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Philip Partington

Partner, JMW Solicitors

Quotation Marks
The relaxed copyright laws in the UK could lead to a surge in copyright infringement cases and legal disputes."

Unraveling the impact of artificial intelligence on copyright law

Practice Notes
Unraveling the impact of artificial intelligence on copyright law


Philip Partington elucidates the challenges of the complex intersection between AI technology and copyright law.

Artificial Intelligence (AI) is an evolving technological powerhouse that has redefined the realms of possibility across almost all industries. One aspect of AI that has particularly garnered recent attention is generative AI, which creates new content based on existing data. While this promises exciting avenues of exploration in many sectors, it also raises pertinent questions around copyright infringement, especially when the data that powers the machine learning behind generative AI includes copyright-protected material.

In recent months, the UK has relaxed restrictions specifically for the purposes of machine learning. The intention is to fuel innovation by allowing AI systems to learn from and iterate on a wider body of content. However, this legal relaxation simultaneously raises concerns regarding the protection of intellectual property rights, which have traditionally safeguarded the creators and owners of original content from unauthorised duplication or use of their work.

At the heart of these concerns lies a crucial question: does feeding more copyright-protected material into an AI system heighten the risk that its outputs will infringe upon this material and the creators’ underlying rights? Moreover, how might this situation escalate as AI technology continues to evolve and potentially reproduce copyrighted content with increased accuracy and sophistication?

Understanding generative AI

Generative AI refers to a subset of artificial intelligence that leverages machine learning techniques, specifically generative models, to create new content based on prompts input by users. By analysing and learning from existing data, these models can generate original outputs that mimic these works. For instance, a generative AI trained on music from a specific genre could produce entirely new music in that style.

A pivotal aspect of generative AI is its ability to learn, amalgamate and reproduce patterns and characteristics from a vast array of content, including text, images and audio. The efficiency and sophistication of generative AI's output largely depend on the quality and quantity of data it is trained on. However, this impressive capability highlights the fact that the technology generates work based on copyright-protected material, whether to a larger or smaller extent and could thus be seen to infringe upon copyright laws. There is also the potential that it can directly reproduce copyrighted material, whether intentionally or not.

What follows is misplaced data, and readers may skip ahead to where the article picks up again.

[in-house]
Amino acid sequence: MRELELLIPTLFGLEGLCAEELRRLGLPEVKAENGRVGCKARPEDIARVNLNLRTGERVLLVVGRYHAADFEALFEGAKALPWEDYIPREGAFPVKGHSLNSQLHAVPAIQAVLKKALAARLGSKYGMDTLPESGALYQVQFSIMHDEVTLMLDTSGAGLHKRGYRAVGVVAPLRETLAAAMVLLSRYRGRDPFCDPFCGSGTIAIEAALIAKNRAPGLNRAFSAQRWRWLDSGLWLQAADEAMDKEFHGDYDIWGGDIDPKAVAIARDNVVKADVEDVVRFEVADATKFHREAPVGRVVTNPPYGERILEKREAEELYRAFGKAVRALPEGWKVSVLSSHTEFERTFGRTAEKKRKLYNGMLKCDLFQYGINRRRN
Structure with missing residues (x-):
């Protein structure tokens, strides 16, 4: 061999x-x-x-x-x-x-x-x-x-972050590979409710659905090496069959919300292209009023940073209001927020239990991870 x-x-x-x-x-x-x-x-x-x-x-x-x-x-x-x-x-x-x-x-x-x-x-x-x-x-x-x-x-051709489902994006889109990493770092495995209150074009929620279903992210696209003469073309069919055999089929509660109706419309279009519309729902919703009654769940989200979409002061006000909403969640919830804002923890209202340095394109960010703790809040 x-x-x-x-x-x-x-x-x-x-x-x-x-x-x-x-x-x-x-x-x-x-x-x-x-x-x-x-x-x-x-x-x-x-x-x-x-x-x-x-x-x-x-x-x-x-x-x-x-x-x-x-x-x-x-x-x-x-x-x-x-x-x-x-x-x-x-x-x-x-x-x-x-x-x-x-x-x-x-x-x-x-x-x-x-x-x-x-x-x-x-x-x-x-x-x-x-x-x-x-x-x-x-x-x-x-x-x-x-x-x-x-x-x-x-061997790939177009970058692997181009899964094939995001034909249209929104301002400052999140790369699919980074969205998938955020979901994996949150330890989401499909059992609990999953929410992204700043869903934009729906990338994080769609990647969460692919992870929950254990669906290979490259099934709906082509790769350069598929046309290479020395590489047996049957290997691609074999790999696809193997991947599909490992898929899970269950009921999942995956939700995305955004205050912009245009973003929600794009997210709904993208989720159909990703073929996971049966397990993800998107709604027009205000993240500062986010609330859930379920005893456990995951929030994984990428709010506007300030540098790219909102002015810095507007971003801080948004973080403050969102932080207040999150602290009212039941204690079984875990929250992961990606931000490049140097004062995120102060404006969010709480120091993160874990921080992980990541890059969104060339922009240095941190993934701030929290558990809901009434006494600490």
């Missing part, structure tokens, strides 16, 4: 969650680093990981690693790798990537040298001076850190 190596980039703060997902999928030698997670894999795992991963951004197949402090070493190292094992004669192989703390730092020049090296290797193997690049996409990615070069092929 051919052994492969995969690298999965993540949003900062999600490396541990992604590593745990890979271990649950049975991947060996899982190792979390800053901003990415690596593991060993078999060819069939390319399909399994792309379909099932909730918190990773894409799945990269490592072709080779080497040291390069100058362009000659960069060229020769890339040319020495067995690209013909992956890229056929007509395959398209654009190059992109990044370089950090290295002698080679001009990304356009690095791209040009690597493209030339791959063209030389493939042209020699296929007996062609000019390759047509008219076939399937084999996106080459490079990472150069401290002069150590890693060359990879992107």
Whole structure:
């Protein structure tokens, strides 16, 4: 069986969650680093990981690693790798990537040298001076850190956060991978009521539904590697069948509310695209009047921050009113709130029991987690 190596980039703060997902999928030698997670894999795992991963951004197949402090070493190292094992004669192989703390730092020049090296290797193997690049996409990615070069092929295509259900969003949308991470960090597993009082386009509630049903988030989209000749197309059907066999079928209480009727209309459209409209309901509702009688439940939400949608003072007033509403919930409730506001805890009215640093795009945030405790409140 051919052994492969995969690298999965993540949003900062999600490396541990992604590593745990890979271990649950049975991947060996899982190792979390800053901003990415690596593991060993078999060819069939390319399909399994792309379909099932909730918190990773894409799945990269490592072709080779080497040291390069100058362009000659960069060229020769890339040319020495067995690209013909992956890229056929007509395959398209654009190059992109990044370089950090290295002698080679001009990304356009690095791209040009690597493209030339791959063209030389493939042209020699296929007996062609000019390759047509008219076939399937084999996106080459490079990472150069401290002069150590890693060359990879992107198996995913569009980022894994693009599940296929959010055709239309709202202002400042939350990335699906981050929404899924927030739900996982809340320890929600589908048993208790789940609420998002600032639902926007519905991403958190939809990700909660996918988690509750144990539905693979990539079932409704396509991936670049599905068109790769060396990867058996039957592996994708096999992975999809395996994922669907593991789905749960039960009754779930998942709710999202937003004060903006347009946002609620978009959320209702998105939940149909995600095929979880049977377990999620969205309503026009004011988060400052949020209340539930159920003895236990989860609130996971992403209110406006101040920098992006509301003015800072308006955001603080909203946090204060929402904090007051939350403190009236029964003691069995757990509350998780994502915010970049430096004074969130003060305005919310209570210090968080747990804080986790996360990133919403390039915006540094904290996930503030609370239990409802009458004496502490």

In the realm of copyright law, the UK has recently taken significant steps to accommodate the demands of machine learning. Previously, UK intellectual property law prohibited the use of copyrighted material for the development of AI without explicit permission from the rights holder. The law's revision now permits the use of such material for computational analysis, including AI and machine learning operations, without obtaining prior consent.

This legal change has been implemented to encourage innovation in AI, facilitating AI systems' ability to learn from a broader set of data. However, the implications for copyright holders are considerable. Although the law permits the use of copyrighted material for AI training, it does not necessarily absolve the AI's generated content of potential copyright infringement.

Understanding both the functionality of generative AI and the nuances of the relaxed UK copyright laws is the foundation for addressing the concerns of copyright infringement in the era of AI.

Copyright concerns

The advent of generative AI has brought along a host of concerns tied to the reproduction of copyright-protected material. Primarily, there is a risk that AI systems may produce content strikingly similar to their input data, essentially creating unauthorised reproductions that could be seen as infringements of copyright.

Several hypothetical scenarios bring this issue into sharp relief. For instance, a generative AI trained on a specific author's literary works could potentially create a new piece that bears an uncanny resemblance to the author's distinctive style and themes. Similarly, an AI trained on a particular artist's music could generate a composition that mimics the artist's unique musical attributes. In both cases, there could be legal arguments that the AI has created an 'unauthorised derivative work,' which constitutes copyright infringement.